- Lessons from Orange County Toll Roads
- Huge Support for Value Pricing
- Mega-Tunnel Project
- New Look at Capacity Expansion
- Upcoming Speaking Appearances
The toll-road capital of the west coast is Orange County, California, where 61 route-miles of new toll road were added during the 1990s. Three of the projects were built and are operated by a pair of public joint powers authorities, and one was built and operated by a private company (though legislation was approved last month to have it taken over by the country transportation authority).
A recent paper from the University of California's Policy Research Center provides a thoughtful overview of what we can learn about toll-highway finance and highway pricing from the Orange County experience. Authors Marlon Boarnet, Joseph DiMento, and Gregg Macey do an excellent job, and I urge you to read the whole paper, which you can find at www.ucop.edu/cprc/tollroadrpt.pdf. Here are just a few tidbits from its findings.
- Tolls seem most promising in heavily congested corridors with few alternate travel routes.
- A possible alternative to building new routes is to convert underused HOV lanes to priced express lanes.
- Peak/off-peak pricing is most likely to be accepted if presented to drivers as an opportunity to purchase an uncongested trip for a price, rather than as a "congestion tax."
- People are more likely to accept toll new roads if the alternative is no new capacity, when such capacity is seen as necessary to relieve congestion.
California is also the site of the first successful HOT lane with quasi-real-time variable pricing. The I-15 Express Lanes project resulted from the conversion of the seriously under-utilized reversible HOV lanes on I-15 to HOT lanes with electronic toll collection and pricing that's adjusted every six minutes. The conversion was a joint effort of SANDAG, Caltrans, FHWA, and FTA, and all can be very proud of the results. Since practically no facility costs were involved (the grade-separated lanes already existed), the toll revenues can be used largely to subsidize express bus service in the corridor.
Now, after more than four years of successful operation, a major effort is under way to quintuple the size of the project, going from two lanes and eight miles (16 lane-miles) to four lanes and 20 miles (80 lane-miles) and adding a movable barrier to optimize capacity with traffic flow. As part of the planning effort, a team headed by Wilbur Smith Associates has done extensive public opinion research about the existing project and its planned expansion. What they've found is overwhelming support for HOT lanes.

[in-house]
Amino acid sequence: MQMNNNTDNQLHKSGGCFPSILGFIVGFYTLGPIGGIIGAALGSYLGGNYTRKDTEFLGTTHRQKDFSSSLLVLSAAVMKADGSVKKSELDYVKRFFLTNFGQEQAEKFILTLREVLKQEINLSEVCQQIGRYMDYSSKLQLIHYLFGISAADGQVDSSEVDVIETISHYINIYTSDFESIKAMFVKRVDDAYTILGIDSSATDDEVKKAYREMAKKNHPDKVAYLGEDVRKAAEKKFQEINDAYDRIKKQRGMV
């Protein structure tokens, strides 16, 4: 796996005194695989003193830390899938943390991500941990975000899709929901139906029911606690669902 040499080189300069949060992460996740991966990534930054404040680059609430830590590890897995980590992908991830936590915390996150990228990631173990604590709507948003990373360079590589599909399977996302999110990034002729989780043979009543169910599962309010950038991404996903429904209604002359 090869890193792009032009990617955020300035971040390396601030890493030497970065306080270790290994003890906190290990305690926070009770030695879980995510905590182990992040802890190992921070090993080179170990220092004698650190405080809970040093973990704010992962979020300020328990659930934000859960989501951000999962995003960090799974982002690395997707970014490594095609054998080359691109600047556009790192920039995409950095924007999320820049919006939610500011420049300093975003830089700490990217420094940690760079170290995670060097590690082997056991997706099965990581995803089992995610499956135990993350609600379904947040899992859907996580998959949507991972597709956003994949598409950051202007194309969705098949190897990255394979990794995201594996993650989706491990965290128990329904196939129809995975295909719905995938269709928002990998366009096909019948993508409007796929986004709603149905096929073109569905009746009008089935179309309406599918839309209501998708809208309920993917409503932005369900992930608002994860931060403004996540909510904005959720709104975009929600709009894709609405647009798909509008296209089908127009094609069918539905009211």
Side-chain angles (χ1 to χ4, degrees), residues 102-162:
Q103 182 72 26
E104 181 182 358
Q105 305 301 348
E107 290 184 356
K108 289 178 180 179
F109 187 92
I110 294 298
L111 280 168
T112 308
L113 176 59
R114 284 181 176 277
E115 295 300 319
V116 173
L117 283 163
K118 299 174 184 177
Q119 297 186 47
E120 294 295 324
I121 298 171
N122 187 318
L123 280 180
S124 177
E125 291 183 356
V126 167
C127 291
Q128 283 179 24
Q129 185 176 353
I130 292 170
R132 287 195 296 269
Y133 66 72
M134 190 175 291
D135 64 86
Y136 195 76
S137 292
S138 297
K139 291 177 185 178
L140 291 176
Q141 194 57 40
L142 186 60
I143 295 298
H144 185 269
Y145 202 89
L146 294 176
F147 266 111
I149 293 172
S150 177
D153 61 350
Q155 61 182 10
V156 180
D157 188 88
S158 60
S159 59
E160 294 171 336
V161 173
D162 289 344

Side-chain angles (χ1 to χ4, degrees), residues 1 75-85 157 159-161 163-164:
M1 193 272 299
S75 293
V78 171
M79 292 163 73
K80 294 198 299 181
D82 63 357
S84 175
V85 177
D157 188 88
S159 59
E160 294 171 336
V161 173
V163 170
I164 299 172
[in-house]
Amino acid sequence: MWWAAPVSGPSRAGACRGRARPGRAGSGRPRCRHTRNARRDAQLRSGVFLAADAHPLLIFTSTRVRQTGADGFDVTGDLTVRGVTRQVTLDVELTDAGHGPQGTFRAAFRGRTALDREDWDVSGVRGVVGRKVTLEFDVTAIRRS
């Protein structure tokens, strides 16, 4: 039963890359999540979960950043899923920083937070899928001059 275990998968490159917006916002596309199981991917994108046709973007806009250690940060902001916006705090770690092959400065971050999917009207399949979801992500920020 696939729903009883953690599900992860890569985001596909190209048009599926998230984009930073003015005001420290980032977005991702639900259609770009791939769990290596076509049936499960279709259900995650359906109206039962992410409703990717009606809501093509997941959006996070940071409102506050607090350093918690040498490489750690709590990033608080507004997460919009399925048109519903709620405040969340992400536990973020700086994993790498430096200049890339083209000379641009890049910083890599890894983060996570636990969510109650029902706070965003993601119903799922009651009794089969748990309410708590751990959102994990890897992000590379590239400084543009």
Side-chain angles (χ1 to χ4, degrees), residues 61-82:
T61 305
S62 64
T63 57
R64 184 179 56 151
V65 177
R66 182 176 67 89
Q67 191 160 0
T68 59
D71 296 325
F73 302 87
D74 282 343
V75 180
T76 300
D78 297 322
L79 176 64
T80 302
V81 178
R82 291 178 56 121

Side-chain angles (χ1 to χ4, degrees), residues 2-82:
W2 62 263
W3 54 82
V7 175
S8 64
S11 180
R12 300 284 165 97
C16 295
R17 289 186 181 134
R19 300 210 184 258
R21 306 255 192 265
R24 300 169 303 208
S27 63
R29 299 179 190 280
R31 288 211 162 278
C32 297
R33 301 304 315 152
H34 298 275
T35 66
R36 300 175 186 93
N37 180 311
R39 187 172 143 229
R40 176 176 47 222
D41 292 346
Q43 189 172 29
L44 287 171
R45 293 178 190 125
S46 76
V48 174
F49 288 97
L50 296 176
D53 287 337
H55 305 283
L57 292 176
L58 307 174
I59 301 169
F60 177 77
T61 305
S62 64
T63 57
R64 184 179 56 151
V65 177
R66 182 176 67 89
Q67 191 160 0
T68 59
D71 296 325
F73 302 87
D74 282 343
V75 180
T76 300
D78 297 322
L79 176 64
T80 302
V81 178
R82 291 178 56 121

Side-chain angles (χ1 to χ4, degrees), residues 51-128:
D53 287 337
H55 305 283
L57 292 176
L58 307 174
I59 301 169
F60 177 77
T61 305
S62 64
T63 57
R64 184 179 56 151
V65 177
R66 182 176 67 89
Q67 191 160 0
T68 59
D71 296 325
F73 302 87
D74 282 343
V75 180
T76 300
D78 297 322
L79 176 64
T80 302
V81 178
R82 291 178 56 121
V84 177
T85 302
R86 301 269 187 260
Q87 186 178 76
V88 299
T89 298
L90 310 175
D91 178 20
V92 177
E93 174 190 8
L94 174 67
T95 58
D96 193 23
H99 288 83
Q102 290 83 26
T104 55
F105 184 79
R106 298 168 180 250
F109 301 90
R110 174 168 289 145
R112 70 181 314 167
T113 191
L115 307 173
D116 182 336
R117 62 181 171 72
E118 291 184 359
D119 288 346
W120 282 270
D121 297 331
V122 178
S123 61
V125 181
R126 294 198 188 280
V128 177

Over 88 percent of current paying customers express support for the current HOT lanes, as do two thirds of other I-15 users. Large majorities also support the proposed expansion of the project. Especially important were the researchers' findings on "fairness." Survey results show that 75 percent think the project is fair to all users of the express lanes, and 70 percent think it is fair to users of the regular lanes.
In short, these results seem to be saying that once people have a chance to actually experience HOT lanes—i.e., real choice in rush-hour mobilityï¿½they will support it.
The key factor creating political pressure for the county take-over of the 91 Express Lanes was the inability to expand general-purpose lane capacity in the congested SR 91 corridor, given the non-compete clause in the company's franchise agreement. But even with OCTA as the new owner-operator starting next year, there's not much room for additional lanes through that narrow canyon between Riverside and Orange Counties. Hence, studies are under way for a new commuter link between the affordable housing of Riverside and the abundant jobs of Orange County.
One alternative—the only feasible one in my view—is a toll tunnel, for two reasons. First, given that the mountains between the two counties are all National Forest land, the environmental obstacles to a surface route will be insurmountable. Second, only a tunnel will be perceived as sufficiently costly and complex to justify tolls as the principal funding source—and let's face it, there's no way a $2-3 billion new freeway is going to get built in Southern California without a major new funding source.
You can read about some of the current discussion of the tunnel alternative in this recent article from a local newspaper, whose reporter interviewed me about the issue. Just click on www.nctimes.net/news/2002/20021013/60221.html.
When I read the latest mobility report from the Texas Transportation Institute, I was struck by their fascinating comparison of congestion intensity in metro areas that have attempted to expand highway capacity to keep pace with traffic growth versus those (the majority) that have given up on doing so. That sparked my latest Public Works Financing column, which is attached to this newsletter. I hope you find it provocative. (If the file failed to get attached, or you cannot open it, you can email the editor, Bill Reinhardt, at email@example.com. I'm sure he'll send you a copy, as well as urging you to subscribe to his excellent publication.)
Reason's work on issues such as Toll Truckways and (forthcoming) HOT Networks has led to a whole raft of speaking engagements. I look forward to seeing you at one or more of the following, where I will either be presenting or commenting:
- Oct. 20-22, UCLA Lake Arrowhead Symposium, Tackling Traffic Congestion;
- Oct. 25, USC/AASHTO National Symposium on Transportation, International Trade, and Competitiveness (Long Beach);
- Oct. 27-30, TRB Third National Transportation Finance Conference (Chicago);
- Nov. 20-21, ARTBA Public-Private Ventures Div. annual conference (Washington);
- Jan. 12-15, TRB Annual Meeting (Washington).
Hope to see you soon.